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Climate change mitigation and Sustainable Development Goals: Evidence and research gaps

Never in the past three decades have the interlinkages between sustainable development and climate change been more pressing. The projected date when the remaining carbon budget will be exhausted if continuing at the current rate of emissions [1] is estimated to be around 2030- which also coincides with the timeline for achieving the Sustainable Development Goals (SDGs). Recent global assessments clearly show the collective global performance on the targets relating to climate change, biodiversity and SDGs is abysmally poor [2, 3]. Urgent efforts are needed to achieve both deep and rapid emissions reductions and to meet the SDGs to set the world on a pathway towards sustainable development.

The appreciation of interconnections between climate change and equity and sustainable development is not recent. In 1992, Working Group III of the Intergovernmental Panel on Climate Change (IPCC) was restructured with a mandate to assess cross-cutting economic and other issues related to climate change including placing socio-economic perspectives in the context of sustainable development. IPCC’s Second Assessment Report in 1995 explicitly highlighted the different starting points of countries, trade-offs between economic growth and sustainability, distributional impacts of mitigation and adaptation actions and issues of intertemporal equity. This understanding has further deepened since then. Successive IPCC reports have highlighted the implications of efforts aimed at achieving targets under Climate Action (SDG 13) on SDGs [2, 4, 5]. There is now more evidence to show synergies of several climate actions with SDGs outweigh the trade-offs [6] Such actions include active transport, passive building design, clean energy, circular economy and urban green and blue infrastructure (Fig 1) [7].

Fig 1. Synergies and trade-offs between sectoral and system mitigation options and the SDGs adopted from [5].

A quick literature search on Scopus for papers focusing on climate change mitigation and SDGs showed 433 papers (Scopus search using search strings for each individual SDGs, for example: (TITLE-ABS-KEY ("SDG 1" OR "SDG1") AND TITLE-ABS-KEY ("Climate") AND TITLE-ABS-KEY ("mitigation" OR "mitigate"))). SDG 7 (Affordable and clean energy), SDG 2 (Zero Hunger) and 15 (Life on Land) were the most studied while SDGs 4 (Quality Education), 5 (Gender Equality), 10 (Reduced inequality) and 16 (Peace, Justice and strong institutions) received less attention.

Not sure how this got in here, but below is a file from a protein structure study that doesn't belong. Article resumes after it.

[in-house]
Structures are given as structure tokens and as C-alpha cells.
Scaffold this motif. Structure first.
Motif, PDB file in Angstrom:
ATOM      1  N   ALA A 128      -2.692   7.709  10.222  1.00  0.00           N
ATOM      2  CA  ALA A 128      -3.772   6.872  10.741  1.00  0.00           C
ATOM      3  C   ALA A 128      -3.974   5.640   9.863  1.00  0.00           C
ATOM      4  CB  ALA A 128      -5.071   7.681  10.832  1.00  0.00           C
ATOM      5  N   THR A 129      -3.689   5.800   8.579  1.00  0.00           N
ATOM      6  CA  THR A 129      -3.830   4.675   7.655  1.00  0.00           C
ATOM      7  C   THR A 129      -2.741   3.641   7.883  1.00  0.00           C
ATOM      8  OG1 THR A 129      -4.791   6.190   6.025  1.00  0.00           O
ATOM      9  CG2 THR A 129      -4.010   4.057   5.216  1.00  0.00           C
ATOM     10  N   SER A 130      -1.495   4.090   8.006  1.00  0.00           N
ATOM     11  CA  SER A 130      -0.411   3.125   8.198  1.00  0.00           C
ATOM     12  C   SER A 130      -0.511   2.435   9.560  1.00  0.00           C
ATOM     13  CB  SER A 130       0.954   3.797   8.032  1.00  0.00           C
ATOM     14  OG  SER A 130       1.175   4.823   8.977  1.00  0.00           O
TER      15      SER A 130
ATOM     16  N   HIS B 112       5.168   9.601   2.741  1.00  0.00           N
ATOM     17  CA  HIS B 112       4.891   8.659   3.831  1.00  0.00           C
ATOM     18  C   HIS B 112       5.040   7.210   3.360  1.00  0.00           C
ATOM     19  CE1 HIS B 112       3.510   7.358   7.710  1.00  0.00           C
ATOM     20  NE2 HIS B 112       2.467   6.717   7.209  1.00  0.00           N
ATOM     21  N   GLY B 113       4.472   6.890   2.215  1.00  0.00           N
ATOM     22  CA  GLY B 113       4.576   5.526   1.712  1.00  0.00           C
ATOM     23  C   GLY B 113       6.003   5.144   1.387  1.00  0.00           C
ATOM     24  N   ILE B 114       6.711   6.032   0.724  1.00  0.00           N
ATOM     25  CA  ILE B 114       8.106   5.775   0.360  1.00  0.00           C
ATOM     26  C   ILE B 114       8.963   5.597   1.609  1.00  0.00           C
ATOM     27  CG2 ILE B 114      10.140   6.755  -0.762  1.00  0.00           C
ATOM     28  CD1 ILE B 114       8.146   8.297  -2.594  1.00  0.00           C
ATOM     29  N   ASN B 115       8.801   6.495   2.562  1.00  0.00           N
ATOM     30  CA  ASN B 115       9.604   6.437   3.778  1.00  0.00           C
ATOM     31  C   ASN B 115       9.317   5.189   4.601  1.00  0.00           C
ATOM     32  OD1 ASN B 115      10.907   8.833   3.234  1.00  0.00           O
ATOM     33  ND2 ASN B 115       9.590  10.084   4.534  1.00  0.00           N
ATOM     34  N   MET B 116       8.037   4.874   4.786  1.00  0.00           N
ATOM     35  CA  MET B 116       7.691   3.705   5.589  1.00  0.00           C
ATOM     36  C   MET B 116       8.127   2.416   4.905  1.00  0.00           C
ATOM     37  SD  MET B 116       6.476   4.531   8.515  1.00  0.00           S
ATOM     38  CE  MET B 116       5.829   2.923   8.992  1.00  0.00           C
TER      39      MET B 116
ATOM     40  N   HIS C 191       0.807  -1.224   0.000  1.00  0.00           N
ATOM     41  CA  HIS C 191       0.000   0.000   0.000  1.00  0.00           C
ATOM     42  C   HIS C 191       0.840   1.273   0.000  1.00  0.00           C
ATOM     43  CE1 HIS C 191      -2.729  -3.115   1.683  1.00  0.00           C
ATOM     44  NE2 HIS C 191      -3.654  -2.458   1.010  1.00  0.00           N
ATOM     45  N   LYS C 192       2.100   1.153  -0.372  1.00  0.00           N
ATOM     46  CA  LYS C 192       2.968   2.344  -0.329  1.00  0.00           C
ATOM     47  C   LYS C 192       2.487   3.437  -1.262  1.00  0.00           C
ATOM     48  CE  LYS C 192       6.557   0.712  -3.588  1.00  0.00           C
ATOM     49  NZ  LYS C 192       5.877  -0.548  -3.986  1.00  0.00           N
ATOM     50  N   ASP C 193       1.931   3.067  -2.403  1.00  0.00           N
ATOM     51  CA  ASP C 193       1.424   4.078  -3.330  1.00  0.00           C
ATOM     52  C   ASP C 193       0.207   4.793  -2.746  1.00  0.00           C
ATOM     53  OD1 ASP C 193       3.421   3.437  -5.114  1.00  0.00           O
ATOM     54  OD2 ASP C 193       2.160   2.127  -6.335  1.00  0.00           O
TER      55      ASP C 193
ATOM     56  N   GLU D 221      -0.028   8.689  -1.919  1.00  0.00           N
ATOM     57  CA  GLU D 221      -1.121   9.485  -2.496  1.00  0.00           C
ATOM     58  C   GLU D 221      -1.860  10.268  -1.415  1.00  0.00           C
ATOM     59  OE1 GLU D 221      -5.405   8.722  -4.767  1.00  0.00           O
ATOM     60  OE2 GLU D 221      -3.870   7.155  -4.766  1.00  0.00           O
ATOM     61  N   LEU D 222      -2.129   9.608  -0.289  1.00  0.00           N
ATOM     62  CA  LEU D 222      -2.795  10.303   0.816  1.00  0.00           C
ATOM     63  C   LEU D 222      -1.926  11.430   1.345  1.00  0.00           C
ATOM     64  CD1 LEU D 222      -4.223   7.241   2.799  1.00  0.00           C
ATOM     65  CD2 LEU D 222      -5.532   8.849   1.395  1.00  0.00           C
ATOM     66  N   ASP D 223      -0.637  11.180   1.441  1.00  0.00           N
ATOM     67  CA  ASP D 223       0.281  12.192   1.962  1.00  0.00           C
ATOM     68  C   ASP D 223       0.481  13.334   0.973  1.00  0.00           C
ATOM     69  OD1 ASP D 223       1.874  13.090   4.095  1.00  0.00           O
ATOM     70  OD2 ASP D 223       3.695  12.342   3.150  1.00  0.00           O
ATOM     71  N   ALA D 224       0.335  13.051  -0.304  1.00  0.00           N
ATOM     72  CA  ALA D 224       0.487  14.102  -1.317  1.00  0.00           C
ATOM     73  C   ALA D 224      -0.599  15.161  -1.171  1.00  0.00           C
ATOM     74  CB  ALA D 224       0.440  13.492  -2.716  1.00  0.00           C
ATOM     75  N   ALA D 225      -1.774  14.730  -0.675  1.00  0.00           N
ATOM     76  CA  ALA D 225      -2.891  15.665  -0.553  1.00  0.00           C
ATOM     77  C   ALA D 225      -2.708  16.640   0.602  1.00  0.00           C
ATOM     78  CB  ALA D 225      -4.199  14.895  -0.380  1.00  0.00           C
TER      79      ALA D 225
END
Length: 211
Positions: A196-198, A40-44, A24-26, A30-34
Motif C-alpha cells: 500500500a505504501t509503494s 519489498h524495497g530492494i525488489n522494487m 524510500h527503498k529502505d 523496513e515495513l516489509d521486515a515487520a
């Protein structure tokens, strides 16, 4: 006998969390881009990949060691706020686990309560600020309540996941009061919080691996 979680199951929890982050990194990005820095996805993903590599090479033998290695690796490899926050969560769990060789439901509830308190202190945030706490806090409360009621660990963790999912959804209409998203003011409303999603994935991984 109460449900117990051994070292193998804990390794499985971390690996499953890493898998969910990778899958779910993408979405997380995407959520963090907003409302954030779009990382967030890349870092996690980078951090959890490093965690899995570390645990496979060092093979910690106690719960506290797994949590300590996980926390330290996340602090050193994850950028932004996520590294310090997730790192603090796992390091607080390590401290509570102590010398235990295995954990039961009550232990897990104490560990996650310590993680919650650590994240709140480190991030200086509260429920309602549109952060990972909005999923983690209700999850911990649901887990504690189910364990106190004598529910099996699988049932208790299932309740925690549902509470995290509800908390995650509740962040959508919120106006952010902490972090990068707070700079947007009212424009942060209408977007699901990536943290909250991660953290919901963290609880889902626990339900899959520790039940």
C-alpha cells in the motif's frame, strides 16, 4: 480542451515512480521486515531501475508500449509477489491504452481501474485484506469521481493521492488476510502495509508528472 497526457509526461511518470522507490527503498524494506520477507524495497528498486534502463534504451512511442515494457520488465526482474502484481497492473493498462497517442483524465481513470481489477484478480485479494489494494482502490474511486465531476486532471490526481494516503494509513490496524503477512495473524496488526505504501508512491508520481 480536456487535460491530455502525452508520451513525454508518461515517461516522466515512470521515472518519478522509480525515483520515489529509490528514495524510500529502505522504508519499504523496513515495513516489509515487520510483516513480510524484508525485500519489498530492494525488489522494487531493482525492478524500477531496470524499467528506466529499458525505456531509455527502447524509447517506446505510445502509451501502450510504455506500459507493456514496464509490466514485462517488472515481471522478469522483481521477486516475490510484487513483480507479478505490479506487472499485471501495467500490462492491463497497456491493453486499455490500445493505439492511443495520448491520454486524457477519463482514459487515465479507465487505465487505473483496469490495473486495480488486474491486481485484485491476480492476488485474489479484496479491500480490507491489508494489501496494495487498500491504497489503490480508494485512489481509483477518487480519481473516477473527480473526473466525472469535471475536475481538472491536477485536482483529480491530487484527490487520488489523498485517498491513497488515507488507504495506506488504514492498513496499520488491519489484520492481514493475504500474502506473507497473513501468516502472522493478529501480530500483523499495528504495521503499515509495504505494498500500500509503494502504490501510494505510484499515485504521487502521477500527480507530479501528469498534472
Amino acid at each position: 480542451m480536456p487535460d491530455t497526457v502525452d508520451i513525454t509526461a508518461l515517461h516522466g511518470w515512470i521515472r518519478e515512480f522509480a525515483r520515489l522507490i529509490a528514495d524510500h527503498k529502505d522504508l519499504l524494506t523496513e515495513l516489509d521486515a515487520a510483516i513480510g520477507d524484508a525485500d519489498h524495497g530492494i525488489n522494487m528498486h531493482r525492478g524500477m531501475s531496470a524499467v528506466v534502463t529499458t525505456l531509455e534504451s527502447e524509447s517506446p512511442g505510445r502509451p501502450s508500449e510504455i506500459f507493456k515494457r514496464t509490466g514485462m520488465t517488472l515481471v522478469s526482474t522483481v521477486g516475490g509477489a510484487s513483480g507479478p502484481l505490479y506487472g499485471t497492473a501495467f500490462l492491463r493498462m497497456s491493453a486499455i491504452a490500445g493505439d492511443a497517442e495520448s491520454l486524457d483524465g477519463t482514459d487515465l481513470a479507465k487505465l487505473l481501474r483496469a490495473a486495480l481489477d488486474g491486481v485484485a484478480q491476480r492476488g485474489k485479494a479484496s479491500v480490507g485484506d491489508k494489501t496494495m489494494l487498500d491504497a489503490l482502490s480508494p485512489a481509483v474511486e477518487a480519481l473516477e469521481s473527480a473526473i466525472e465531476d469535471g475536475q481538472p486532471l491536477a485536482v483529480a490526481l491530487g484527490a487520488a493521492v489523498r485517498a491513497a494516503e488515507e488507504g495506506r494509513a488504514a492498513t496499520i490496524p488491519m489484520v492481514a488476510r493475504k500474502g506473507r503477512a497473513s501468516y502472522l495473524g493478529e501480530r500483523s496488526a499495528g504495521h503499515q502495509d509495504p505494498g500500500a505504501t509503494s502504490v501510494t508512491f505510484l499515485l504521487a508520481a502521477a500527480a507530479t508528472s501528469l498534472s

Despite numerous studies, there’s limited evidence of the SDGs being perceived as a valuable tool for making decisions regarding climate action. Firstly, many of the existing studies highlight the potential of mitigation actions supporting SDG achievement through theoretical or modelled methods with few empirical studies demonstrating ex-post evaluation of specific interventions. In particular, there is limited literature on trade-offs and understanding of distributional effects for specific groups [8]. Secondly, a study on mapping SDG interactions of mitigation actions would not necessarily reveal the full picture. For example, urban public transport could show potential synergies with multiple SDGs however, it wouldn’t necessarily provide evidence on whether benefits could accrue to the most vulnerable groups. Similarly, a new urban transit system could have potential synergies with SDGs 3, 6, 9 and 11, however, this would fail to capture the near-term trade-offs e.g. relocation or costs or emissions.

It becomes more challenging when a particular action can result in mixed impacts, presenting both synergies and trade-offs across indicators within the same SDG. For example, while renewable energy can create green employment opportunities (synergy SDG 8 Target 8.5), it remains uncertain whether these jobs will ensure a safe and secure working environment for all workers throughout the supply chain (trade-off SDG 8, target 8.8). Mitigation options often work across sectors and systems and such interactions are not yet fully dealt with in existing studies.